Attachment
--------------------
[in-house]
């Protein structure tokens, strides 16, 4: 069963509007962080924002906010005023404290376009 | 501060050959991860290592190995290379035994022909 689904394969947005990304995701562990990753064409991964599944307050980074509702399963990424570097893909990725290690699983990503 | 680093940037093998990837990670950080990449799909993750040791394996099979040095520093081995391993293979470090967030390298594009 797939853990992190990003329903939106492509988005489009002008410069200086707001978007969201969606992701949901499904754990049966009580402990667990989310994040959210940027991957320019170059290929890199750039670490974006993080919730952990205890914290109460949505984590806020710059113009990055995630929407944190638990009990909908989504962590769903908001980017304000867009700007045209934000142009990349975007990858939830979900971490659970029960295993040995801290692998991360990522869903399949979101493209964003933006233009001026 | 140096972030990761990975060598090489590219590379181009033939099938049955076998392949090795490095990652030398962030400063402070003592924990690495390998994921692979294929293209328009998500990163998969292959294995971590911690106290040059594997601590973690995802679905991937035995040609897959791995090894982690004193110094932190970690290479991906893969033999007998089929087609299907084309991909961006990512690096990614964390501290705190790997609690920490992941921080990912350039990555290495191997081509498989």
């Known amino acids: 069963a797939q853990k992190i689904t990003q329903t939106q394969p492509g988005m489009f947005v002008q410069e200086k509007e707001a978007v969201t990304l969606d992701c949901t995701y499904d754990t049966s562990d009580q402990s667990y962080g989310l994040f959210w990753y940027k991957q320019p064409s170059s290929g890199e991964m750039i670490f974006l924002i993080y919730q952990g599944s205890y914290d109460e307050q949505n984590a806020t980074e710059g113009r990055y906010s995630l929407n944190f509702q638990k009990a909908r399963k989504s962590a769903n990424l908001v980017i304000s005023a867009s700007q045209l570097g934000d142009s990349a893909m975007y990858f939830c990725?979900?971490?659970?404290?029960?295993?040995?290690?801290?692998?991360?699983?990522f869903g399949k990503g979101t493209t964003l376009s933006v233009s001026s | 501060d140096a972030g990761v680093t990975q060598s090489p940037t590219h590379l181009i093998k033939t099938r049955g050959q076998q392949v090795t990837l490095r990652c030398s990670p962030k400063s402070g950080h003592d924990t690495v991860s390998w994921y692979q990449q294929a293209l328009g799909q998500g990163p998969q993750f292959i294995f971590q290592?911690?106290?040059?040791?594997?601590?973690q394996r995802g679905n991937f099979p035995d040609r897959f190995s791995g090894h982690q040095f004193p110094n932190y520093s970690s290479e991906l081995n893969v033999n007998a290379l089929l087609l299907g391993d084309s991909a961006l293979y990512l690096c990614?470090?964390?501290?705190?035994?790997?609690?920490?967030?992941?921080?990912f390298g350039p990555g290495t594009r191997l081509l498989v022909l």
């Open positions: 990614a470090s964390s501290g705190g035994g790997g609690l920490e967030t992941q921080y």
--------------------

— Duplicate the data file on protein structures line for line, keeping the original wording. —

[in-house]
């Protein structure tokens, strides 16, 4: 069963509007962080924002906010005023404290376009 | 501060050959991860290592190995290379035994022909 689904394969947005990304995701562990990753064409991964599944307050980074509702399963990424570097893909990725290690699983990503 | 680093940037093998990837990670950080990449799909993750040791394996099979040095520093081995391993293979470090967030390298594009 797939853990992190990003329903939106492509988005489009002008410069200086707001978007969201969606992701949901499904754990049966009580402990667990989310994040959210940027991957320019170059290929890199750039670490974006993080919730952990205890914290109460949505984590806020710059113009990055995630929407944190638990009990909908989504962590769903908001980017304000867009700007045209934000142009990349975007990858939830979900971490659970029960295993040995801290692998991360990522869903399949979101493209964003933006233009001026 | 140096972030990761990975060598090489590219590379181009033939099938049955076998392949090795490095990652030398962030400063402070003592924990690495390998994921692979294929293209328009998500990163998969292959294995971590911690106290040059594997601590973690995802679905991937035995040609897959791995090894982690004193110094932190970690290479991906893969033999007998089929087609299907084309991909961006990512690096990614964390501290705190790997609690920490992941921080990912350039990555290495191997081509498989």
């Known amino acids: 069963a797939q853990k992190i689904t990003q329903t939106q394969p492509g988005m489009f947005v002008q410069e200086k509007e707001a978007v969201t990304l969606d992701c949901t995701y499904d754990t049966s562990d009580q402990s667990y962080g989310l994040f959210w990753y940027k991957q320019p064409s170059s290929g890199e991964m750039i670490f974006l924002i993080y919730q952990g599944s205890y914290d109460e307050q949505n984590a806020t980074e710059g113009r990055y906010s995630l929407n944190f509702q638990k009990a909908r399963k989504s962590a769903n990424l908001v980017i304000s005023a867009s700007q045209l570097g934000d142009s990349a893909m975007y990858f939830c990725?979900?971490?659970?404290?029960?295993?040995?290690?801290?692998?991360?699983?990522f869903g399949k990503g979101t493209t964003l376009s933006v233009s001026s | 501060d140096a972030g990761v680093t990975q060598s090489p940037t590219h590379l181009i093998k033939t099938r049955g050959q076998q392949v090795t990837l490095r990652c030398s990670p962030k400063s402070g950080h003592d924990t690495v991860s390998w994921y692979q990449q294929a293209l328009g799909q998500g990163p998969q993750f292959i294995f971590q290592?911690?106290?040059?040791?594997?601590?973690q394996r995802g679905n991937f099979p035995d040609r897959f190995s791995g090894h982690q040095f004193p110094n932190y520093s970690s290479e991906l081995n893969v033999n007998a290379l089929l087609l299907g391993d084309s991909a961006l293979y990512l690096c990614?470090?964390?501290?705190?035994?790997?609690?920490?967030?992941?921080?990912f390298g350039p990555g290495t594009r191997l081509l498989v022909l």
């Open positions: 990614a470090s964390s501290g705190g035994g790997g609690l920490e967030t992941q921080y």